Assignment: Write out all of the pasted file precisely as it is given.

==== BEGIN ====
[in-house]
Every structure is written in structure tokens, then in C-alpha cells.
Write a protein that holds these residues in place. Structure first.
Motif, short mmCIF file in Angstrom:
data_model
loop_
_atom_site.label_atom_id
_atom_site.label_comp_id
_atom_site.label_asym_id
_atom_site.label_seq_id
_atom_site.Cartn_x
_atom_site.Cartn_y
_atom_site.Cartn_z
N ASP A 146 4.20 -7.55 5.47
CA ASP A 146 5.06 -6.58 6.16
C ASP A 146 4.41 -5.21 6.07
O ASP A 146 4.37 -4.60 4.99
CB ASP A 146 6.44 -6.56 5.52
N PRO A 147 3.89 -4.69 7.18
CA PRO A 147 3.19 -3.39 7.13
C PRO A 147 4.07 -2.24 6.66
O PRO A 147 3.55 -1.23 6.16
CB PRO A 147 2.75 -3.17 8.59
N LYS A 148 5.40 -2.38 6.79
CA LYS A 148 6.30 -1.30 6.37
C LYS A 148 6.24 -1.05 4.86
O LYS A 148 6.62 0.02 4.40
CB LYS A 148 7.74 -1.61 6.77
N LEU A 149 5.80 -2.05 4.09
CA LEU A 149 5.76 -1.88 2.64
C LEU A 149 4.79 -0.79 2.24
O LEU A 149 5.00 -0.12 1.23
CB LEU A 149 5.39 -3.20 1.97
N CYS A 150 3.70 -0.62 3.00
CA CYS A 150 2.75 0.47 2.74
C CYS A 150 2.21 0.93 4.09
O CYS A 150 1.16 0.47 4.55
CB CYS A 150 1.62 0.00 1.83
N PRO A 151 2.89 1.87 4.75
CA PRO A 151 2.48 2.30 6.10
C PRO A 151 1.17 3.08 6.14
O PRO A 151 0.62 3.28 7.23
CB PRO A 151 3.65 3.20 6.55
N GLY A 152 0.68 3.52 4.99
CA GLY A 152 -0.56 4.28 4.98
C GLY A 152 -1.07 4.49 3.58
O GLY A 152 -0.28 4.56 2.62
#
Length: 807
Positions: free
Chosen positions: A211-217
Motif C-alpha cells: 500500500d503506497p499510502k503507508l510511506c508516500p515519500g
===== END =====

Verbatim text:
[in-house]
Every structure is written in structure tokens, then in C-alpha cells.
Write a protein that holds these residues in place. Structure first.
Motif, short mmCIF file in Angstrom:
data_model
loop_
_atom_site.label_atom_id
_atom_site.label_comp_id
_atom_site.label_asym_id
_atom_site.label_seq_id
_atom_site.Cartn_x
_atom_site.Cartn_y
_atom_site.Cartn_z
N ASP A 146 4.20 -7.55 5.47
CA ASP A 146 5.06 -6.58 6.16
C ASP A 146 4.41 -5.21 6.07
O ASP A 146 4.37 -4.60 4.99
CB ASP A 146 6.44 -6.56 5.52
N PRO A 147 3.89 -4.69 7.18
CA PRO A 147 3.19 -3.39 7.13
C PRO A 147 4.07 -2.24 6.66
O PRO A 147 3.55 -1.23 6.16
CB PRO A 147 2.75 -3.17 8.59
N LYS A 148 5.40 -2.38 6.79
CA LYS A 148 6.30 -1.30 6.37
C LYS A 148 6.24 -1.05 4.86
O LYS A 148 6.62 0.02 4.40
CB LYS A 148 7.74 -1.61 6.77
N LEU A 149 5.80 -2.05 4.09
CA LEU A 149 5.76 -1.88 2.64
C LEU A 149 4.79 -0.79 2.24
O LEU A 149 5.00 -0.12 1.23
CB LEU A 149 5.39 -3.20 1.97
N CYS A 150 3.70 -0.62 3.00
CA CYS A 150 2.75 0.47 2.74
C CYS A 150 2.21 0.93 4.09
O CYS A 150 1.16 0.47 4.55
CB CYS A 150 1.62 0.00 1.83
N PRO A 151 2.89 1.87 4.75
CA PRO A 151 2.48 2.30 6.10
C PRO A 151 1.17 3.08 6.14
O PRO A 151 0.62 3.28 7.23
CB PRO A 151 3.65 3.20 6.55
N GLY A 152 0.68 3.52 4.99
CA GLY A 152 -0.56 4.28 4.98
C GLY A 152 -1.07 4.49 3.58
O GLY A 152 -0.28 4.56 2.62
#
Length: 807
Positions: free
Chosen positions: A211-217
Motif C-alpha cells: 500500500d503506497p499510502k503507508l510511506c508516500p515519500g